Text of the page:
THE FA's judiciary must brace itself for deeply sensitive issues when it calls to account the Aston Villa goalkeeper, Mark Bosnich, for his astonishing Nazi salute to Tottenham fans at White Hart Lane on Saturday.
A Scotland Yard spokesman confirmed yesterday that police enquiries were continuing but would only add that "all complaints are being investigated". Police interviewed Bosnich after the game following "a racial gesture to the crowd" but insisted that the Australian goalkeeper had not been arrested.
Despite widespread publicity and many complaints to police, the matter is almost certain to be handled by the FA. A misconduct charge appears a formality and, if found guilty Bosnich can expect at the least a heavy fine based on precedences of provocative or abusive gestures.
The FA were notified of the incident on Saturday evening and yesterday its spokesman Steve Double, said: "We are awaiting referee's and police reports. Clearly it has caused offence to a lot of people and we will obviously not be dealing with it as a trivial matter."
Bosnich, close to tears as he emerged from the police interview, can in his defence point to his immediate apology, later repeated profusely when he phoned Radio 5 Live's Six O Six programme from Villa's team coach after a host of critical calls from listeners.
The player, a Croatian, said on air he was "really distraught" but continued to insist that his gesture - left arm raised and a finger mimicking Adolf Hitler's moustache - was intended to be a joke and was "something done out of ignorance".
Bosnich appeared bewildered when booked for "ungentlemanly conduct" by the referee, Peter Jones, on the assistant referee Mike Tingey's advice, early in the second half.
The goalkeeper later attempted unsuccessfully to argue the point with both officials. The goalkeeper had been baited by chants of "Klinsmann, Klinsmann" before turning to the Paxton Road end and making the salute.
Tottenham's fans were recalling a challenge two seasons ago by Bosnich on Klinsmann which knocked the German unconscious. Bosnich will argue that he was deriding Germans rather than intending to offend Jewish sensibilities.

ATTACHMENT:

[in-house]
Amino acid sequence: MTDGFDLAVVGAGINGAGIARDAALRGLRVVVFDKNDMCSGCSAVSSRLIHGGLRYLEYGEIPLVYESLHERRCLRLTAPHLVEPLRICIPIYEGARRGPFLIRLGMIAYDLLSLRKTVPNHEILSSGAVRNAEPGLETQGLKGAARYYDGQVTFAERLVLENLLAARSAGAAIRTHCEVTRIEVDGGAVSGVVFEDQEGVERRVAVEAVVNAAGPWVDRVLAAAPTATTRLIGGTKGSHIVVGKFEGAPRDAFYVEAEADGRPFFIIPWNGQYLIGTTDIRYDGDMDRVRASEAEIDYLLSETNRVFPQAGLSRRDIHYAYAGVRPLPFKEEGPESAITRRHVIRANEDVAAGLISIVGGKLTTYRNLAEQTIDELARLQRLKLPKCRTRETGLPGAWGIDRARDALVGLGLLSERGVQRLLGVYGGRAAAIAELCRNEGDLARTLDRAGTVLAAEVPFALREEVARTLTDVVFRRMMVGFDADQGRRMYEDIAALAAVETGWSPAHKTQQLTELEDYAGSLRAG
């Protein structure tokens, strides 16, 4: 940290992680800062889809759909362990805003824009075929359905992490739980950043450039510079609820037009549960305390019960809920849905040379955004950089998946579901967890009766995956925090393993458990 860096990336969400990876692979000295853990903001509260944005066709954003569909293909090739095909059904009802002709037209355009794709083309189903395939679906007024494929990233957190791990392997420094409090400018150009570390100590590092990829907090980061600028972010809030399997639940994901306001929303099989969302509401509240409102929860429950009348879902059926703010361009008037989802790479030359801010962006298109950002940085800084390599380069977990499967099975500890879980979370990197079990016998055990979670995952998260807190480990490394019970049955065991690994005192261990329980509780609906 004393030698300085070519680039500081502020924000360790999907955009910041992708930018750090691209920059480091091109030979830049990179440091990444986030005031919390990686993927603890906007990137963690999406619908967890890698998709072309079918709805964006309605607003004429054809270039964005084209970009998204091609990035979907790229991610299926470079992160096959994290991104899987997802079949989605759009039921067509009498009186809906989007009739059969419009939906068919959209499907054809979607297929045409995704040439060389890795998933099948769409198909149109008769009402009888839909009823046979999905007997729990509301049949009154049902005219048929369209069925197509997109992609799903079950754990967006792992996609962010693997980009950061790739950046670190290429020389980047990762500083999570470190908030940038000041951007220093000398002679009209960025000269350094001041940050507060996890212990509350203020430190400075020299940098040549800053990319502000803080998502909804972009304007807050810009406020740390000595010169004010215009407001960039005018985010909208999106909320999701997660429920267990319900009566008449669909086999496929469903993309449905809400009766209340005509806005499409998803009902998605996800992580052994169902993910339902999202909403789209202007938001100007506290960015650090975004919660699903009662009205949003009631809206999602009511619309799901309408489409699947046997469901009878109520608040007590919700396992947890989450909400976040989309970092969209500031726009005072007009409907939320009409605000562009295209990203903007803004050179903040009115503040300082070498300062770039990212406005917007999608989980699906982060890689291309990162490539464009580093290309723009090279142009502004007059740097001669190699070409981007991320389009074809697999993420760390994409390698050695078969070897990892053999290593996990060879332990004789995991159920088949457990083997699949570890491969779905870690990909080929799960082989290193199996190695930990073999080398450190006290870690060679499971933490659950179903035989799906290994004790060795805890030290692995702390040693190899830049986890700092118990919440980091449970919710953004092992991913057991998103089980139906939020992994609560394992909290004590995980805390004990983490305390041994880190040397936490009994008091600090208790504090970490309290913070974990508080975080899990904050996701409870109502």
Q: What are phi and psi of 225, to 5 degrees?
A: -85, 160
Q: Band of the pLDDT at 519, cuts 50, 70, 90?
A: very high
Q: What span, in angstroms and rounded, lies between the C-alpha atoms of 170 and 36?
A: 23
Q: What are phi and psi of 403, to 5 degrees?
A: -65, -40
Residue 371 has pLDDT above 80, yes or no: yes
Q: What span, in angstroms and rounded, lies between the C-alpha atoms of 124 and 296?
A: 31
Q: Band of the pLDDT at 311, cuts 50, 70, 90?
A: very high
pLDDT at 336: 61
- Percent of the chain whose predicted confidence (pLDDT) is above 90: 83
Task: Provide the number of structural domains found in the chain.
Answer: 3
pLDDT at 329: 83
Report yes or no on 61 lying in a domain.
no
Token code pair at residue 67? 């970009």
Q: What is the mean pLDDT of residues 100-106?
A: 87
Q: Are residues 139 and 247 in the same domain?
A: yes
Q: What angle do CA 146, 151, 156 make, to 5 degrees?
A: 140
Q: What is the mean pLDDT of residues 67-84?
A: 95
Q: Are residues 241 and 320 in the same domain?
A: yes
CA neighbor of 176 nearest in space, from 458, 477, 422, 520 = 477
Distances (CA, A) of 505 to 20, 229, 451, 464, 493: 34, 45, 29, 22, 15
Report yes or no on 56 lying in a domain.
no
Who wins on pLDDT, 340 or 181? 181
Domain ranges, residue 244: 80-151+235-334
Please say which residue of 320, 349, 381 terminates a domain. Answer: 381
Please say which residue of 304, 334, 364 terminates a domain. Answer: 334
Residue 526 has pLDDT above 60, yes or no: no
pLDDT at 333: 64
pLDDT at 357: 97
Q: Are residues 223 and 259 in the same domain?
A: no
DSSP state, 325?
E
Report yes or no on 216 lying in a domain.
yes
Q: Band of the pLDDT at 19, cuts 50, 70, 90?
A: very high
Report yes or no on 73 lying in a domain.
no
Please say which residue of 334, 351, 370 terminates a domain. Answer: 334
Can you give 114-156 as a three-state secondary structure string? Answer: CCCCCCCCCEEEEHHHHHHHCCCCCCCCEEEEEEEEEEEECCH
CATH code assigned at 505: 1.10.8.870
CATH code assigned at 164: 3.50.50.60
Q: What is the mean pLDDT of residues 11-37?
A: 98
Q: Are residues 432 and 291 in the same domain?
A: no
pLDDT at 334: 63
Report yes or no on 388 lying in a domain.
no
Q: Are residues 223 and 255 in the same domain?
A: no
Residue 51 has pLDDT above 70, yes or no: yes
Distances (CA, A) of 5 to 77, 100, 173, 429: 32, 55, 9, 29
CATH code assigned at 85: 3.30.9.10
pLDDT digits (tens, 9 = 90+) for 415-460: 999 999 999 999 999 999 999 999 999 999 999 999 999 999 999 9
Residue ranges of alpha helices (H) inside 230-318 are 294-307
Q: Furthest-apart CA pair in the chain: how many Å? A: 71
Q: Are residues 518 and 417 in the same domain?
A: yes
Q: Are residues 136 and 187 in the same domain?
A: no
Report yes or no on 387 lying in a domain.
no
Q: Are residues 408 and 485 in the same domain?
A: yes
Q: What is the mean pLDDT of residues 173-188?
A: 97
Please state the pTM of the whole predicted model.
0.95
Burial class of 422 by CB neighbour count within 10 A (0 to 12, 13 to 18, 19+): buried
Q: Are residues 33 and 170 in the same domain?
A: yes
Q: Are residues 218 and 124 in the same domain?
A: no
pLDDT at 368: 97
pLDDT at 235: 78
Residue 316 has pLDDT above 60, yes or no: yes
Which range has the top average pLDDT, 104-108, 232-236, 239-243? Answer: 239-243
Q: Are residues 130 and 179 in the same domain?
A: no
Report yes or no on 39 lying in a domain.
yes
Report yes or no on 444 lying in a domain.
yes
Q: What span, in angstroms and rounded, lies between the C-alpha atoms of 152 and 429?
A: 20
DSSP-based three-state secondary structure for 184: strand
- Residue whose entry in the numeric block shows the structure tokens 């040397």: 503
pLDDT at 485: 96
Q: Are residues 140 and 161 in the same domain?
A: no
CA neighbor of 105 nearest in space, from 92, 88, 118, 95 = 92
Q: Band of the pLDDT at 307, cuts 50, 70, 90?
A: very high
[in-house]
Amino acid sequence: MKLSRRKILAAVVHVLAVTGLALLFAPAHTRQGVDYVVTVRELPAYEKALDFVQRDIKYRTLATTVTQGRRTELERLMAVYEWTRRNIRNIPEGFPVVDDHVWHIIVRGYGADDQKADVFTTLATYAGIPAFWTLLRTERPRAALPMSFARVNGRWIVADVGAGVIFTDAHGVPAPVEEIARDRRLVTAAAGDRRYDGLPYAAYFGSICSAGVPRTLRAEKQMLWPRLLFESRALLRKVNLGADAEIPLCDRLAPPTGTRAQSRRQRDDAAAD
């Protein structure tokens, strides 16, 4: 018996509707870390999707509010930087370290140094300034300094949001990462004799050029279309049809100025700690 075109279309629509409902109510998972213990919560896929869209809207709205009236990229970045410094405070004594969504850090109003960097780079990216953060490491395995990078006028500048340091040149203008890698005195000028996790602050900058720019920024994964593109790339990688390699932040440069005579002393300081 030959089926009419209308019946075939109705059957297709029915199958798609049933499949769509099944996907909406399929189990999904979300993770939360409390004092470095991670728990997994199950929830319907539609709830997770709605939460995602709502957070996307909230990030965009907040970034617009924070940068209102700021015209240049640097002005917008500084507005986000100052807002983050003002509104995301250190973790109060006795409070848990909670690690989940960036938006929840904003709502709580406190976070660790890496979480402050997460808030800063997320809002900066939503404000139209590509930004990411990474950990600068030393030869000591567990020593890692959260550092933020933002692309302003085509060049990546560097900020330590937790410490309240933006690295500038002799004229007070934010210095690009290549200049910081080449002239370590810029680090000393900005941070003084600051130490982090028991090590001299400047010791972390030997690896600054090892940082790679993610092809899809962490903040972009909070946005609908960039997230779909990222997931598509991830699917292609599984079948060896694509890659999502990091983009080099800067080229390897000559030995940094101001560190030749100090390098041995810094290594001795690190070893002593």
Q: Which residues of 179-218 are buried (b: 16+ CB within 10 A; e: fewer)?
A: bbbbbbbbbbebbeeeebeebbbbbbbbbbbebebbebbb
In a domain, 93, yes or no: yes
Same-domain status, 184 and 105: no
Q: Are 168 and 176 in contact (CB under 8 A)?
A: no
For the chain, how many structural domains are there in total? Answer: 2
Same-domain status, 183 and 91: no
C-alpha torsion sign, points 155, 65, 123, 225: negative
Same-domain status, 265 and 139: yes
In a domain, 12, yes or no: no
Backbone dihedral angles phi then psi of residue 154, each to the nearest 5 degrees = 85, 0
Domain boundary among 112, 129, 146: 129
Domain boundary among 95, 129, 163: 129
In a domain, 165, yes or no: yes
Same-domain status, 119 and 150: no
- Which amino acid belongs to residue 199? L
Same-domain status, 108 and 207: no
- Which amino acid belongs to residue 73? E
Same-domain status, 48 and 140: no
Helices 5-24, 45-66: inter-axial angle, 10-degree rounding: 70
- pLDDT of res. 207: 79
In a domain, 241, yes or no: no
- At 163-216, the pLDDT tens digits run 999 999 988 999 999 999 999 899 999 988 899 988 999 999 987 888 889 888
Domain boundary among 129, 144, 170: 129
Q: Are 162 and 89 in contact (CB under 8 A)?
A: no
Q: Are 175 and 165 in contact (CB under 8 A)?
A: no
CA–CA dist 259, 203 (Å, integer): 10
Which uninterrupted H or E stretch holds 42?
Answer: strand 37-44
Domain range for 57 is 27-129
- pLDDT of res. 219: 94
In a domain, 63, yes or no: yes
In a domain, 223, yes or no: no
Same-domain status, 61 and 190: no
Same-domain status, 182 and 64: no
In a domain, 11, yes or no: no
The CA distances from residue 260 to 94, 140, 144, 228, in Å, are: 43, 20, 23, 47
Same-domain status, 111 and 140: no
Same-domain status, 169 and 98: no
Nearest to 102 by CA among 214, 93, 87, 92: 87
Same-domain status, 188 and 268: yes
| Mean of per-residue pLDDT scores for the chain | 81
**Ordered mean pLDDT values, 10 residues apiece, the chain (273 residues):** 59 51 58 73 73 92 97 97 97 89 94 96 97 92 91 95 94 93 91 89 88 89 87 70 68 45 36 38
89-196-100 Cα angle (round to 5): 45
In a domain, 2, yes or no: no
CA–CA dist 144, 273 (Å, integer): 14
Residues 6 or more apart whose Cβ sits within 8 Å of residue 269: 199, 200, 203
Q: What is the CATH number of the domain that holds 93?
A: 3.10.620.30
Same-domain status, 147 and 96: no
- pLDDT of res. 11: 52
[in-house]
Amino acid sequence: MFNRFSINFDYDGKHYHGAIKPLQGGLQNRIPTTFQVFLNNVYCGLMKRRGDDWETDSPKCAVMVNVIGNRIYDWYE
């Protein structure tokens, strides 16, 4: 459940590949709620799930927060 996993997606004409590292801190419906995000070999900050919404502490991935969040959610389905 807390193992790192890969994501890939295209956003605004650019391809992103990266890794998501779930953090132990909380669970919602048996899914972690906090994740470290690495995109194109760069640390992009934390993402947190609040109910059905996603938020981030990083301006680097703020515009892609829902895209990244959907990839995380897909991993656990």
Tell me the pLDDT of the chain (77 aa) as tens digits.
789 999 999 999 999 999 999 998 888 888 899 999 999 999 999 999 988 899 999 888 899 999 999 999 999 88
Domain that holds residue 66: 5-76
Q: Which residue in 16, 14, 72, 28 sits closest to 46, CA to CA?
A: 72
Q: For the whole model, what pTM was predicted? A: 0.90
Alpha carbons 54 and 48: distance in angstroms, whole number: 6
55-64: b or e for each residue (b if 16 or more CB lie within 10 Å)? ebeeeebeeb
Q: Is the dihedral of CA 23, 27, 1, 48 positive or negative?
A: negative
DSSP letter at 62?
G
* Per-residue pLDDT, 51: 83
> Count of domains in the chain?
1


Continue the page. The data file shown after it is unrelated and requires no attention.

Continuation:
On radio, he said of the crowd: "There was mention made of one of their German players. Everyone knows who it is. I did something meaningless. I actually thought a lot of people in the section behind me were laughing".
Nevertheless, this incident promises far greater disciplinary repercussions than the one involving Paul Gascoigne, who upset Catholics when he celebrated his first Glasgow Rangers goal two years ago by playing an imaginary flute, strongly associated with the Orange Order.
It was Bosnich's first senior game of the season after knee ligament trouble. How he must wish his return had been delayed.
Villa's manager Brian Little said yesterday: "I hadn't seen the incident until I saw the pictures in the papers this morning. I felt at first that he had just waved at the crowd but now that I have seen it it does put a different complexion on the situation.
"It wasn't the wisest thing to do. But Mark Bosnich is very upset about it and full of remorse. He's an intelligent lad and has apologised via a national radio phone in programme and is genuinely very, very sorry and cut up.
"He only intended it as a bit of banter with the crowd who had been on at him all game. But it all went sour on him.
"Bozzi is a bubbly character who loves to be the centre of attention. He's an extrovert. But you can't afford to have banter with crowds these days. It's very, very difficult and you have to be very careful. You are really better walking away from it than trying to join in.
"He really was distraught at the way it was taken because he didn't realise what it might mean to the Tottenham fans."
"But it won't affect his future with Aston Villa. That doesn't even come into it. However, he's done this and now he's got to live with it and accept what consequences there may be. We are waiting to hear from the FA to see if they are going to proceed with any action."
"But I really don't see what else Mark can do. He has apologised and will continue to apologise. He knows it was wrong. But I honestly believe it was not intentional in the way it was taken."